- 1 Overview of Axolotl Color
- 2 How Many Types of Axolotls Are Available?
- 3 20 Best Axolotls Colors (Common and Rare Morphs)
- 4 Axolotls Color Table
- 5 Genetics Behind Axolotl Colors
- 6 Type of Chromatophores Cell Table
- 7 Natural Colors in Axolotl
- 8 Breeding Artificial Colors in Axolotl
- 9 Special and Uncommon Axolotl Morphs
- 10 There you go
Overview of Axolotl Color
Do axolotls come in many colors? The simple answer is Yes, Axolotls come in many colors, these colors are either natural or artificially induced through crossbreeding. and their selection is a personal preference.
So, Being a beginner or Enthusiast you may be wondering, What colors do Axolotls come in? Which color is the best? Why axolotls have many colors? Is Albino axolotl good for a beginner? What is the most common Axolotl color?
In this article, we will discuss Various Axolotl Morphs and Colors; and which ones you should own.
However, I recommend only natural color axolotls as they have better resistance and longevity as compared to artificial ones.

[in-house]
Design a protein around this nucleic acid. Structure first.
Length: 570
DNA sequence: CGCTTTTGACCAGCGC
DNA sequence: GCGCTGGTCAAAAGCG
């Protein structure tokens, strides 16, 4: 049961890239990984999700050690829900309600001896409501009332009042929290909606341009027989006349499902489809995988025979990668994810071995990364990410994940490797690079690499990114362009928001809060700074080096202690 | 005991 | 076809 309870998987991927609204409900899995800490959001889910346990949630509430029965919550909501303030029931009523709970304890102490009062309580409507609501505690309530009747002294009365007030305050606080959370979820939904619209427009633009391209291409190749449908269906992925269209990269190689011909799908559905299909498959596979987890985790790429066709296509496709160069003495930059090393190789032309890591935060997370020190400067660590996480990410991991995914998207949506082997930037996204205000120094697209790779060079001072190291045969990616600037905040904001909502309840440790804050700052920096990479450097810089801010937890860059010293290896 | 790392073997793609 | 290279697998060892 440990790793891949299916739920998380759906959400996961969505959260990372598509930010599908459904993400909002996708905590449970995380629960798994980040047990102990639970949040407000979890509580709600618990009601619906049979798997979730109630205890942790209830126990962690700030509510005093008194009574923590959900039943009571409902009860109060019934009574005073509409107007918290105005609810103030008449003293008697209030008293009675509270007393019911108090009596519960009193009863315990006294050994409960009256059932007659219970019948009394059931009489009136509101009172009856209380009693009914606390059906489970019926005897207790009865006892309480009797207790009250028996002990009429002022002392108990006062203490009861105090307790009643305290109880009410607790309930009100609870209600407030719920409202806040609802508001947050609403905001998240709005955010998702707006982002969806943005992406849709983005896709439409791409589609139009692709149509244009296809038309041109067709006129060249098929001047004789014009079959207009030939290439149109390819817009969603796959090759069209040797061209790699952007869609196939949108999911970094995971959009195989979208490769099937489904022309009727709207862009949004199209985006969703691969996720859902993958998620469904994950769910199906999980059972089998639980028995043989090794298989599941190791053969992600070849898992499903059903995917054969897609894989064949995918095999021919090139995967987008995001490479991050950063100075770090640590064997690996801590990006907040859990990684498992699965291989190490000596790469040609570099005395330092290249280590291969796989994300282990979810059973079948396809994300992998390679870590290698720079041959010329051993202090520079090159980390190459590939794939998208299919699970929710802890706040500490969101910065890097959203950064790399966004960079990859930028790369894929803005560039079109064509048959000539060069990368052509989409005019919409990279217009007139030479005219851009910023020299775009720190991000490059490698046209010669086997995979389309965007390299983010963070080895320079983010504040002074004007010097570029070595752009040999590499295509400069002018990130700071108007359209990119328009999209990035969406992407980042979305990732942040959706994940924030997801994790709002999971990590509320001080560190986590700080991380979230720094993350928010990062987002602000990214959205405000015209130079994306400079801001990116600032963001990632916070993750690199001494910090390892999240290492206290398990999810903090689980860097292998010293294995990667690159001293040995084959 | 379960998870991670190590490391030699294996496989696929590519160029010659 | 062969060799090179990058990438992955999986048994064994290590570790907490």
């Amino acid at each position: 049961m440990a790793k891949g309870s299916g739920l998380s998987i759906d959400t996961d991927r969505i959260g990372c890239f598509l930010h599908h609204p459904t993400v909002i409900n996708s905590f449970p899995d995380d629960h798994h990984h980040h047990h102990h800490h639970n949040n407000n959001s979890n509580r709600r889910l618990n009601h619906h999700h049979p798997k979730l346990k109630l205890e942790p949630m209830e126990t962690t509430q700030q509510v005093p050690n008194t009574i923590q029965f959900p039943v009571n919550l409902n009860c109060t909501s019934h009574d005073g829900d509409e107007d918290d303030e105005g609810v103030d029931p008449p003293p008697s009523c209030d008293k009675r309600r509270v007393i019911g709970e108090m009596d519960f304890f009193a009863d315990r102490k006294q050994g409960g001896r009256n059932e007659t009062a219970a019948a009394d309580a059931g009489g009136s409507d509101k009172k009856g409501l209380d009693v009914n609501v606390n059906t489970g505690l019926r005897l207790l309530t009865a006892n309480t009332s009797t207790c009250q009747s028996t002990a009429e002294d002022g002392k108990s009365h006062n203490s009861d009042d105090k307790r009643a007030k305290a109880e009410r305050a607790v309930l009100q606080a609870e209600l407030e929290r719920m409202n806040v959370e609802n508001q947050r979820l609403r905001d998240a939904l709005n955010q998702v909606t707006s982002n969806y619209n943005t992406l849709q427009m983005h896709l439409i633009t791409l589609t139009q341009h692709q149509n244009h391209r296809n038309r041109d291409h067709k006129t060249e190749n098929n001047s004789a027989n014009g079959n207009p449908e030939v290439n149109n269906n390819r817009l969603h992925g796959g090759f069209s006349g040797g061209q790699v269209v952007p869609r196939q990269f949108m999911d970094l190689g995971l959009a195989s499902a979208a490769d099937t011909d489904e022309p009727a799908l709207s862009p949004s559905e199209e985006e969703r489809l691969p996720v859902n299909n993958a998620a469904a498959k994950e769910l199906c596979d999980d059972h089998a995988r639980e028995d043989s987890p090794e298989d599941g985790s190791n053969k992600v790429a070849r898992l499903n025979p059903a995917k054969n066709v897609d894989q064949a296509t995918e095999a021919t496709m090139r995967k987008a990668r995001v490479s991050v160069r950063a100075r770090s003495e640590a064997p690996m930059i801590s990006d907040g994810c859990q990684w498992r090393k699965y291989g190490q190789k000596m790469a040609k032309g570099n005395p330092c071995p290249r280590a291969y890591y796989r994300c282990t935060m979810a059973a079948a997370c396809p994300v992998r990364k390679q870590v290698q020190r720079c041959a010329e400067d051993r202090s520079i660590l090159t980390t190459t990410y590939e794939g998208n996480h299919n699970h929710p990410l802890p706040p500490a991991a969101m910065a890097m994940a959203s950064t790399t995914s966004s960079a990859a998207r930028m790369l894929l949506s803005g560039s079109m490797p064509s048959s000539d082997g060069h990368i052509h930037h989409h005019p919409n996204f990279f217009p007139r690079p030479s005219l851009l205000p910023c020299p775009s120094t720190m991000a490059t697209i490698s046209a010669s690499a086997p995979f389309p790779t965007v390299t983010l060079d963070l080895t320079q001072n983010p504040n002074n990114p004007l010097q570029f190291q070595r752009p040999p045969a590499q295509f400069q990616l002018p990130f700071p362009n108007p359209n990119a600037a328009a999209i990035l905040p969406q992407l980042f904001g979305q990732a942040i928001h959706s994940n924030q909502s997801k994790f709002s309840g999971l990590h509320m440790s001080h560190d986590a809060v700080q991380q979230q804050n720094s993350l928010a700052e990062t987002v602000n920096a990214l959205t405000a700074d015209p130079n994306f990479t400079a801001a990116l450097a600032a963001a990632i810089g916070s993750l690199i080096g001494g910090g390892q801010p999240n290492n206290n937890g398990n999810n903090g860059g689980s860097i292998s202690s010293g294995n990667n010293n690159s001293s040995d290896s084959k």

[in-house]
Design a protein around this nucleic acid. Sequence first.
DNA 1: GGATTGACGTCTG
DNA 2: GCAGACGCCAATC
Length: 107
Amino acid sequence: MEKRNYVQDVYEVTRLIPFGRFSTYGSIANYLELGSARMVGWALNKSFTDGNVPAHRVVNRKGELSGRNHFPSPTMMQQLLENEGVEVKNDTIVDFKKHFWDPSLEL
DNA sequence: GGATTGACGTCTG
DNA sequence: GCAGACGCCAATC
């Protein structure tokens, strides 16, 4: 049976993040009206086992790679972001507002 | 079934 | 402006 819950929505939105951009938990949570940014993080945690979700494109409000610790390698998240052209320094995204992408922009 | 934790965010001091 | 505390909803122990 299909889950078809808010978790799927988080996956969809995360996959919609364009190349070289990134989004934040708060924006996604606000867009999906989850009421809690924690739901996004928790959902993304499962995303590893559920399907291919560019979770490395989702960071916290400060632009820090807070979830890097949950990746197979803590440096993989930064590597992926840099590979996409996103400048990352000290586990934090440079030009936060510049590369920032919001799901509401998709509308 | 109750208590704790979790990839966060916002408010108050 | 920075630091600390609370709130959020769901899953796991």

How Many Types of Axolotls Are Available?
Technically Speaking, There is NO Fixed amount of color patterns for this amphibians species.
In the wild, you can typically see tanned or brown or axolotls with some golden flares or a greenish overlay.
The color variations in lab conditions result due to smart genetic engineering and we can see many mutants or morphs.
Nevertheless, Mutant morphs are in higher demand than naturally patterned axolotls among aquarists and Pet Enthuciasts.
20 Best Axolotls Colors (Common and Rare Morphs)
Below we have classified Axolotls Colors based on Basic, Specials and Rare Morphs.
- Wild Type Axolotl
- Golden Albino Axolotl
- Mosaic Axolotl
- Lavender Axolotl
- White Albino Axolotl
- Chimera Axolotl
- Firefly Axolotl
- Enigma Axolotl
- Copper Axolotl (Het Copper and Light Copper)
- Leucistic Axolotl (Lucy)
- Piebald Axolotl (Dirty Lucy Morph)
- Silver Dalmatian Axolotl
- Melanoid or Black Axolotl
- Speckled Leucistic Axolotl (Dirty Lucy)
- Heavily-Marked Melanoid
- Axolotl Green or GFP (Green Fluorescent Protein)
Axolotls Color Table
|Basic Axolotl Morphs||Special Axolotl Morphs||Rare Axolotl Morphs|
|Wild Type – Black or Dark-colour||GFP or Axolotl Green||Chimera Axolotl|
|Leucistic or lucy– Pink or Pale white||Copper Axolotl||Piebald Axolotl|
|Gray or Silvers (Axanthic)||Enigma Axolotl|
|Albino Axolotl (Xanthic)||Mosaic Axolotl|
|Albino – Golden or White||Silver Dalmatian|
|Melanoid – Pitch Black or Dark Gray||Firefly Axolotl|
(Common or Mutant Morphs)
- Wild Type – Black or Dark-colour
- Leucistic or lucy – Pink or Pale white
- Albino – Golden or White
- Axanthic – Gray or Silvers